Tulalip Tribes to Microsoft: Stop Using Our Name
Just recently, Microsoft ‘accidentally’ revealed a new social media site code-named “Tulalip” which appeared to be a “social search” service by the company. Now, members of the Tulalip Tribe are upset with the company for ‘infringing’ on their name.
“With Tulalip you can Find what you need and Share what you know easier than ever”, reads a message on the Tulalip homepage which has long since been taken offline. Microsoft eventually issued a statement regarding the site. “Socl.com is an internal design project from one of Microsoft’s research teams which was mistakenly published to the web. Thanks for stopping by. Socl.com is an internal design project from a team in Microsoft Research which was mistakenly published to the web. We didn’t mean to, honest.”
Some tribal members are now upset that the company named the project “Tulalip,” saying that Microsoft infringed on the tribe’s name.
“Tribal officials are talking to people at Microsoft to determine the facts. At this time, while those discussions are going on, we are not commenting,” said Tulalip spokesperson George White. “By all accounts, it’s an internal project at Microsoft and not a public thing. But in reality they should not have named it Tulalip. I have no idea what our tribal officials plan to do, but technically these Microsoft employees infringed on the Tulalip name,” said another tribe member.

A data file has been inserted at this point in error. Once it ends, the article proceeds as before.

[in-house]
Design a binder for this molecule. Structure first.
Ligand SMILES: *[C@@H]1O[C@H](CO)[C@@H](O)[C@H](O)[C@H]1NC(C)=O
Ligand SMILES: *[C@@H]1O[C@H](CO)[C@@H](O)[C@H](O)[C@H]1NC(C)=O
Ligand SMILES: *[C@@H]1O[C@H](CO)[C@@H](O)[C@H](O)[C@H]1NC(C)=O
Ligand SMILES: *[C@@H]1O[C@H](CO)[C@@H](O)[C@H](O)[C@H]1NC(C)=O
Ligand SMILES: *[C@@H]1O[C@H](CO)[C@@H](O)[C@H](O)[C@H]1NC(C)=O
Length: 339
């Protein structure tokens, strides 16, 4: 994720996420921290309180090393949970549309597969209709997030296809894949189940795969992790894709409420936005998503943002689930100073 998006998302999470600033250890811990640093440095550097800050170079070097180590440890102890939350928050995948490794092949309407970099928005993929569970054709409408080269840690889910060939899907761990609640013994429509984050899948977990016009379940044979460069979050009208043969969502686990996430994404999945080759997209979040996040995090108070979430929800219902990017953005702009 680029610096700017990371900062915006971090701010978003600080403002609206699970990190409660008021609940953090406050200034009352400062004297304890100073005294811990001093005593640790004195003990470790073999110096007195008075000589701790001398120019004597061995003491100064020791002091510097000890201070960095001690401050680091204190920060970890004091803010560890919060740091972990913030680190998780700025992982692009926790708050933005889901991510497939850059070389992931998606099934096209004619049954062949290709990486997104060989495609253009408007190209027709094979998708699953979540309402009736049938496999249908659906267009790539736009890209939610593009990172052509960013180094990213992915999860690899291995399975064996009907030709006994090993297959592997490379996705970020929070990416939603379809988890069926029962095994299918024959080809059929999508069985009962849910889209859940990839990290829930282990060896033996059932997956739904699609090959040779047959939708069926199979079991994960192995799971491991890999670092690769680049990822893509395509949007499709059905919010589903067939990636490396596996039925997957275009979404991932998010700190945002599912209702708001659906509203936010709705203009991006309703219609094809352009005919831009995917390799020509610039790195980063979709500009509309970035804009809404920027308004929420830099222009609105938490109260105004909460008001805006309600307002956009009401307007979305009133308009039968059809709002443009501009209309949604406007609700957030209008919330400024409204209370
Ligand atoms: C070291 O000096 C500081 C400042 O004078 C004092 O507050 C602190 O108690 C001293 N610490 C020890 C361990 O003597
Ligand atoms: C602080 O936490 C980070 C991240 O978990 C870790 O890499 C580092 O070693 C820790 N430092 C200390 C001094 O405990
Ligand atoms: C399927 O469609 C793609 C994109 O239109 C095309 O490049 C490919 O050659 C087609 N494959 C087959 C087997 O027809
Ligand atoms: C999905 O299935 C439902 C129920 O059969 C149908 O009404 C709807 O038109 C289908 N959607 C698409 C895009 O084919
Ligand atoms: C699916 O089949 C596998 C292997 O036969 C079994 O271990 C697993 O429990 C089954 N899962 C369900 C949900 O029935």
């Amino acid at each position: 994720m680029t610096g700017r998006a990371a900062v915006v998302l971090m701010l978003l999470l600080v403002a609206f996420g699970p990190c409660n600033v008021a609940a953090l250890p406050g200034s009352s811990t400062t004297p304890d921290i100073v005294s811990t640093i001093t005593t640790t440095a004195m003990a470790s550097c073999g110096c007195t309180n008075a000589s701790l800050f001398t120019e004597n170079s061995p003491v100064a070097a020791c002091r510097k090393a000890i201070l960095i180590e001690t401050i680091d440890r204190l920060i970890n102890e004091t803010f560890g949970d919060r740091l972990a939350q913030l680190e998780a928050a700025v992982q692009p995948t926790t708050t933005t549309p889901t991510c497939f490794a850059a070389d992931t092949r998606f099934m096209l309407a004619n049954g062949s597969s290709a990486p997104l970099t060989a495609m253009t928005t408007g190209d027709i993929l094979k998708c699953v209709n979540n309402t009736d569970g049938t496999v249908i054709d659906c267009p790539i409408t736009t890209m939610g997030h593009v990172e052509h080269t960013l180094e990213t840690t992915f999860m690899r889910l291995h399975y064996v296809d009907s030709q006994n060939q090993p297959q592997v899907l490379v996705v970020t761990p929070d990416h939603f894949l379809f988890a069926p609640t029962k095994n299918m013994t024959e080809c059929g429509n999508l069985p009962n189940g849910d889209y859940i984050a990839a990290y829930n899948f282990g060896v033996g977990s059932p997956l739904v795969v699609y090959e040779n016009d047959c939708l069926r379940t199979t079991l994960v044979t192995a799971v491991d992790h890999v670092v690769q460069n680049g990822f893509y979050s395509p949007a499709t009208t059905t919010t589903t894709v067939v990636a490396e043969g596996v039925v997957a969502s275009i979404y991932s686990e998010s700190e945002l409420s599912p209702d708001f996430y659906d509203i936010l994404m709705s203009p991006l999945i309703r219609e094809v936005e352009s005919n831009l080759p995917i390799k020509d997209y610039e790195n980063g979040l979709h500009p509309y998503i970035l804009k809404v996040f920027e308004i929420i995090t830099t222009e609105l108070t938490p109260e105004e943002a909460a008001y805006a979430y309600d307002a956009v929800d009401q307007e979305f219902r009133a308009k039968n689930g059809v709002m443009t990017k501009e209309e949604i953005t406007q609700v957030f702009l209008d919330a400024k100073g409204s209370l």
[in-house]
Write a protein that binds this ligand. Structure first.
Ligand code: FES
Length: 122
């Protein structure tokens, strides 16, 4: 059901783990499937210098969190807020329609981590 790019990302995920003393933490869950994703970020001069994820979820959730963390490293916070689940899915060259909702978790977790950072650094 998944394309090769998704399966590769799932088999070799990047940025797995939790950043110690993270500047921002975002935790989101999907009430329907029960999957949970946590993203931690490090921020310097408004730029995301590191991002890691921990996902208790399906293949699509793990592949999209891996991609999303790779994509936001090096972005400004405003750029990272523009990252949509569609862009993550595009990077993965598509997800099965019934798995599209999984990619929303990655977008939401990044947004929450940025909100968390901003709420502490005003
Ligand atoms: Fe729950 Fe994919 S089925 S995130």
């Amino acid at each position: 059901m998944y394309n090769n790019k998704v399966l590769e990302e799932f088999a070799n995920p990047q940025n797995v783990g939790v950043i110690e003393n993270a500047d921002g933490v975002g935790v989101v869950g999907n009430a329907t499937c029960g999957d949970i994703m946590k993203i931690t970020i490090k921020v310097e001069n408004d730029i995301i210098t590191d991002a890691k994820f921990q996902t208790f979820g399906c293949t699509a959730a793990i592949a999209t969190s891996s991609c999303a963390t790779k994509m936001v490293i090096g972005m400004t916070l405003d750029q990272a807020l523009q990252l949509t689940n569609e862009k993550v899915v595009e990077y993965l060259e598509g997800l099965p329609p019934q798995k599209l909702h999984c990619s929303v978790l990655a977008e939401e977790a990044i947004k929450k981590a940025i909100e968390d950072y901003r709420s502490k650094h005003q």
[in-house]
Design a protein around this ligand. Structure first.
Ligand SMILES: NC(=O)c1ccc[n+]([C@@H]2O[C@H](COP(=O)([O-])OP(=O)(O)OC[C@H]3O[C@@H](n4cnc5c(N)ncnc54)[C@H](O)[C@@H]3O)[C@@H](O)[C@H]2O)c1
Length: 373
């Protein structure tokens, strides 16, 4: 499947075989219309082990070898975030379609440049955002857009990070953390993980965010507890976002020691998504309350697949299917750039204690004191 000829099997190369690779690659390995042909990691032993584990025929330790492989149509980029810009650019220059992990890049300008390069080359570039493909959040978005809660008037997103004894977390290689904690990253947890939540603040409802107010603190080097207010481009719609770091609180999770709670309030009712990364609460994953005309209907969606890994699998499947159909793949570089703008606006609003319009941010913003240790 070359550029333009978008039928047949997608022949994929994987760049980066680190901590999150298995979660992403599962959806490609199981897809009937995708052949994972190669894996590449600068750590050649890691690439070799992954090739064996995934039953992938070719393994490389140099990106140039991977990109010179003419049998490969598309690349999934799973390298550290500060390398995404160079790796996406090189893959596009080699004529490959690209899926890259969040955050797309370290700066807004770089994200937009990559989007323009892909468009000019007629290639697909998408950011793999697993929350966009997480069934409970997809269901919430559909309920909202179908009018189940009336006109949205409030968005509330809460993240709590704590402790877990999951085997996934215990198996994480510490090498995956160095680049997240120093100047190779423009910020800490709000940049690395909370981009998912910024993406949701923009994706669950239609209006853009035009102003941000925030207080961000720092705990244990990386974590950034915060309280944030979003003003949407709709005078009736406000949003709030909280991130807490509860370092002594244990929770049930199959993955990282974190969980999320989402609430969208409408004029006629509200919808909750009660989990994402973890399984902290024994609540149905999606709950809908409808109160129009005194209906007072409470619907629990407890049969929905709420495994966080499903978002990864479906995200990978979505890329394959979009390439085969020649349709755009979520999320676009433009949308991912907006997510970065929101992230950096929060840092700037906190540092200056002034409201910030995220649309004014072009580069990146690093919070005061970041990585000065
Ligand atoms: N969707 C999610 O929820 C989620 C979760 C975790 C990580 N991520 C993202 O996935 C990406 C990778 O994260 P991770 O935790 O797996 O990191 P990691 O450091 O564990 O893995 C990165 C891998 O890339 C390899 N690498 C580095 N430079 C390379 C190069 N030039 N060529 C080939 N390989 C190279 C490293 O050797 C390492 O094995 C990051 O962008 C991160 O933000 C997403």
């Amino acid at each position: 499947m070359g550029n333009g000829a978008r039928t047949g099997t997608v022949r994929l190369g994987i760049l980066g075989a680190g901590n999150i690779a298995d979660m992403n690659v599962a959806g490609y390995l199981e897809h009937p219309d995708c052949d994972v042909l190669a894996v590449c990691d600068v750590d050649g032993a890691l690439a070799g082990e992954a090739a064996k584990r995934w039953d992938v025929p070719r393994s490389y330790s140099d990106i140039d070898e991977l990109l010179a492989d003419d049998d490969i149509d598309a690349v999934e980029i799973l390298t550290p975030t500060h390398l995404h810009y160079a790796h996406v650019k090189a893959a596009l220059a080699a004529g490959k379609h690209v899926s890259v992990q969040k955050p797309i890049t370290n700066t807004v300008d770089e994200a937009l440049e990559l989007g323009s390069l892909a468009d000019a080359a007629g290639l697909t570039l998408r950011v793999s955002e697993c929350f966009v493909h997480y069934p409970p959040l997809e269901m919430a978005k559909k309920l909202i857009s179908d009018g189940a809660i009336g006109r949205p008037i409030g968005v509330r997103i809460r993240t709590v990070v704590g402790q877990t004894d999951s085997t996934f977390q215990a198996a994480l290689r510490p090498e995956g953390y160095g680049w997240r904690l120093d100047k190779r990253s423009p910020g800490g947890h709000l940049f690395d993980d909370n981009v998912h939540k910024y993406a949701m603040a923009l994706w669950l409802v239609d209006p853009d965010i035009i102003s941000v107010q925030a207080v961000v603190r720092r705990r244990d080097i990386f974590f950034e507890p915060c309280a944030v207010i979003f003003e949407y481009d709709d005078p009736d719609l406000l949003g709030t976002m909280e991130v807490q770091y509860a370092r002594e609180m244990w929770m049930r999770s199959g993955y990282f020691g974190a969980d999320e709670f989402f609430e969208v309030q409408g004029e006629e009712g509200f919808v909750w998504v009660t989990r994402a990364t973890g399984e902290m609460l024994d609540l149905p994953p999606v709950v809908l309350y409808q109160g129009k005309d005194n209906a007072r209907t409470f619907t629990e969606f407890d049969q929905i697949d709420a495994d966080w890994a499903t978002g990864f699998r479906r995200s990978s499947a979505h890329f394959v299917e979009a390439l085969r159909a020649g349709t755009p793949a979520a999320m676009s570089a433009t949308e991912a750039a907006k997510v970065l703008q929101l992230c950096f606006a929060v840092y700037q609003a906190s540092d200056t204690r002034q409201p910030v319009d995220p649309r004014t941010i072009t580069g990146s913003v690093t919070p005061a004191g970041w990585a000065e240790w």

Lets just wait and see what the outcome of this will be. Do you guys think that Microsoft will be sued for infringement by the Tulalip Tribe and change their social search project’s name, or will Tulalip just have to bite their tongues on this one?
*Update – 07/22/11*
Microsoft has issued a statement regarding this. “We respect the fact that the Tulalip Tribes have sensitivities around the use of their name and have spoken with a representative of the Tribes. This was an internal code name and Microsoft had no intention of using this project code name publically. This internal code name will not be used in connection with this research project going forward. We apologize to the Tulalip Tribes for this situation.”
Tulalip’s Board of Directors issued a response to Microsoft’s statement: “We accept Microsoft’s explanation that this was an internal code name that was never intended to be used publicly. We appreciate Microsoft’s swift corrective action, and we consider this matter resolved. We have a good relationship with Microsoft and expect that relationship to continue.”Further reading: Microsoft, Tulalip